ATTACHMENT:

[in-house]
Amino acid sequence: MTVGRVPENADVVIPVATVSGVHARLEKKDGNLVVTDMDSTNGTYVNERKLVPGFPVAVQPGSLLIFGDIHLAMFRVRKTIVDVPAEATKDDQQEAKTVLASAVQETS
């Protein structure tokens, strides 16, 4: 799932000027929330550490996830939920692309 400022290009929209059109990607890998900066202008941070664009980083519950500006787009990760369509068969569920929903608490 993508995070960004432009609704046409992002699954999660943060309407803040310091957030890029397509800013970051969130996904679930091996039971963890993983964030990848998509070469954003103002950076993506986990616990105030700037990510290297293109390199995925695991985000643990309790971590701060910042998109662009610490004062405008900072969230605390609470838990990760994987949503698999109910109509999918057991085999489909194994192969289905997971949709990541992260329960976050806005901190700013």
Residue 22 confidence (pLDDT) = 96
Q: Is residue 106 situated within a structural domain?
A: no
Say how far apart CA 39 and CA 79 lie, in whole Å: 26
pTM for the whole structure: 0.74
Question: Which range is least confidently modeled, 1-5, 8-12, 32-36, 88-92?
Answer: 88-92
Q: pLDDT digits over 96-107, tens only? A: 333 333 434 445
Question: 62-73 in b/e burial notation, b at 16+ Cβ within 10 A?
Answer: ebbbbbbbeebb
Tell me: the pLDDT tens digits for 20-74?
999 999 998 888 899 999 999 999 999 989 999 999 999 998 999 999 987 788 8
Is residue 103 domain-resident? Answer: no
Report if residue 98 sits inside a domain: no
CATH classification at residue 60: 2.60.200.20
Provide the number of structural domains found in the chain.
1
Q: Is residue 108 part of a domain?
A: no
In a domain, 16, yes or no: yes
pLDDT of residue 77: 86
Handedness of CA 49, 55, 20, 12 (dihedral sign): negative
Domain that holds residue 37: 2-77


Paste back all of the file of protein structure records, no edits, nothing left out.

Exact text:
[in-house]
Amino acid sequence: MTVGRVPENADVVIPVATVSGVHARLEKKDGNLVVTDMDSTNGTYVNERKLVPGFPVAVQPGSLLIFGDIHLAMFRVRKTIVDVPAEATKDDQQEAKTVLASAVQETS
């Protein structure tokens, strides 16, 4: 799932000027929330550490996830939920692309 400022290009929209059109990607890998900066202008941070664009980083519950500006787009990760369509068969569920929903608490 993508995070960004432009609704046409992002699954999660943060309407803040310091957030890029397509800013970051969130996904679930091996039971963890993983964030990848998509070469954003103002950076993506986990616990105030700037990510290297293109390199995925695991985000643990309790971590701060910042998109662009610490004062405008900072969230605390609470838990990760994987949503698999109910109509999918057991085999489909194994192969289905997971949709990541992260329960976050806005901190700013």
Residue 22 confidence (pLDDT) = 96
Q: Is residue 106 situated within a structural domain?
A: no
Say how far apart CA 39 and CA 79 lie, in whole Å: 26
pTM for the whole structure: 0.74
Question: Which range is least confidently modeled, 1-5, 8-12, 32-36, 88-92?
Answer: 88-92
Q: pLDDT digits over 96-107, tens only? A: 333 333 434 445
Question: 62-73 in b/e burial notation, b at 16+ Cβ within 10 A?
Answer: ebbbbbbbeebb
Tell me: the pLDDT tens digits for 20-74?
999 999 998 888 899 999 999 999 999 989 999 999 999 998 999 999 987 788 8
Is residue 103 domain-resident? Answer: no
Report if residue 98 sits inside a domain: no
CATH classification at residue 60: 2.60.200.20
Provide the number of structural domains found in the chain.
1
Q: Is residue 108 part of a domain?
A: no
In a domain, 16, yes or no: yes
pLDDT of residue 77: 86
Handedness of CA 49, 55, 20, 12 (dihedral sign): negative
Domain that holds residue 37: 2-77